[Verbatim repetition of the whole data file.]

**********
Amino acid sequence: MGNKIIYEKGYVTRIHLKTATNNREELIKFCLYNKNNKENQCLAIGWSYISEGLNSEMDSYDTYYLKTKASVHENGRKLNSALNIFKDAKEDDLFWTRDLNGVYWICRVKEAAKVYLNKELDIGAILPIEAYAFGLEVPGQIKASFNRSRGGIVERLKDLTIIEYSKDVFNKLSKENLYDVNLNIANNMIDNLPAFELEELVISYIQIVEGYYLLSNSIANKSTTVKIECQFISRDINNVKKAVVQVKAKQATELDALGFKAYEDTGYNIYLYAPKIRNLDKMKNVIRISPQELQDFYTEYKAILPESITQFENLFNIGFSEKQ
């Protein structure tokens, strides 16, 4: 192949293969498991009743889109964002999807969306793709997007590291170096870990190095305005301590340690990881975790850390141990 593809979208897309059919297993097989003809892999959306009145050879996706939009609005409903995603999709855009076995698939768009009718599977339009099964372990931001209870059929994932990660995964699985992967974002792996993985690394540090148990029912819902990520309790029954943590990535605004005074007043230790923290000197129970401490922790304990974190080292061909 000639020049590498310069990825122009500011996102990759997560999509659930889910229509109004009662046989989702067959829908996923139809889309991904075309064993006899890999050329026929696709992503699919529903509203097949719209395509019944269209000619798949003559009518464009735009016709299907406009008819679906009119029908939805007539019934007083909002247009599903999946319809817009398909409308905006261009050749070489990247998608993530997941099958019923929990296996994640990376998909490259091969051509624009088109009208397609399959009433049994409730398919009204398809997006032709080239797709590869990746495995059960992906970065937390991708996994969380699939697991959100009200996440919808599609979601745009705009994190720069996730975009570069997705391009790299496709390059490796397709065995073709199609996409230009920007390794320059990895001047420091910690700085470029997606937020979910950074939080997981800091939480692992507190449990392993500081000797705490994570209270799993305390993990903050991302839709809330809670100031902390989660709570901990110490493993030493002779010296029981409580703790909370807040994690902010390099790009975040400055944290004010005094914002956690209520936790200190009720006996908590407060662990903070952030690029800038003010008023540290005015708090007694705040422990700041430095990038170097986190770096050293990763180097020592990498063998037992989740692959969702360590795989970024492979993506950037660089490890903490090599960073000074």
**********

Amino acid sequence: MGNKIIYEKGYVTRIHLKTATNNREELIKFCLYNKNNKENQCLAIGWSYISEGLNSEMDSYDTYYLKTKASVHENGRKLNSALNIFKDAKEDDLFWTRDLNGVYWICRVKEAAKVYLNKELDIGAILPIEAYAFGLEVPGQIKASFNRSRGGIVERLKDLTIIEYSKDVFNKLSKENLYDVNLNIANNMIDNLPAFELEELVISYIQIVEGYYLLSNSIANKSTTVKIECQFISRDINNVKKAVVQVKAKQATELDALGFKAYEDTGYNIYLYAPKIRNLDKMKNVIRISPQELQDFYTEYKAILPESITQFENLFNIGFSEKQ
């Protein structure tokens, strides 16, 4: 192949293969498991009743889109964002999807969306793709997007590291170096870990190095305005301590340690990881975790850390141990 593809979208897309059919297993097989003809892999959306009145050879996706939009609005409903995603999709855009076995698939768009009718599977339009099964372990931001209870059929994932990660995964699985992967974002792996993985690394540090148990029912819902990520309790029954943590990535605004005074007043230790923290000197129970401490922790304990974190080292061909 000639020049590498310069990825122009500011996102990759997560999509659930889910229509109004009662046989989702067959829908996923139809889309991904075309064993006899890999050329026929696709992503699919529903509203097949719209395509019944269209000619798949003559009518464009735009016709299907406009008819679906009119029908939805007539019934007083909002247009599903999946319809817009398909409308905006261009050749070489990247998608993530997941099958019923929990296996994640990376998909490259091969051509624009088109009208397609399959009433049994409730398919009204398809997006032709080239797709590869990746495995059960992906970065937390991708996994969380699939697991959100009200996440919808599609979601745009705009994190720069996730975009570069997705391009790299496709390059490796397709065995073709199609996409230009920007390794320059990895001047420091910690700085470029997606937020979910950074939080997981800091939480692992507190449990392993500081000797705490994570209270799993305390993990903050991302839709809330809670100031902390989660709570901990110490493993030493002779010296029981409580703790909370807040994690902010390099790009975040400055944290004010005094914002956690209520936790200190009720006996908590407060662990903070952030690029800038003010008023540290005015708090007694705040422990700041430095990038170097986190770096050293990763180097020592990498063998037992989740692959969702360590795989970024492979993506950037660089490890903490090599960073000074």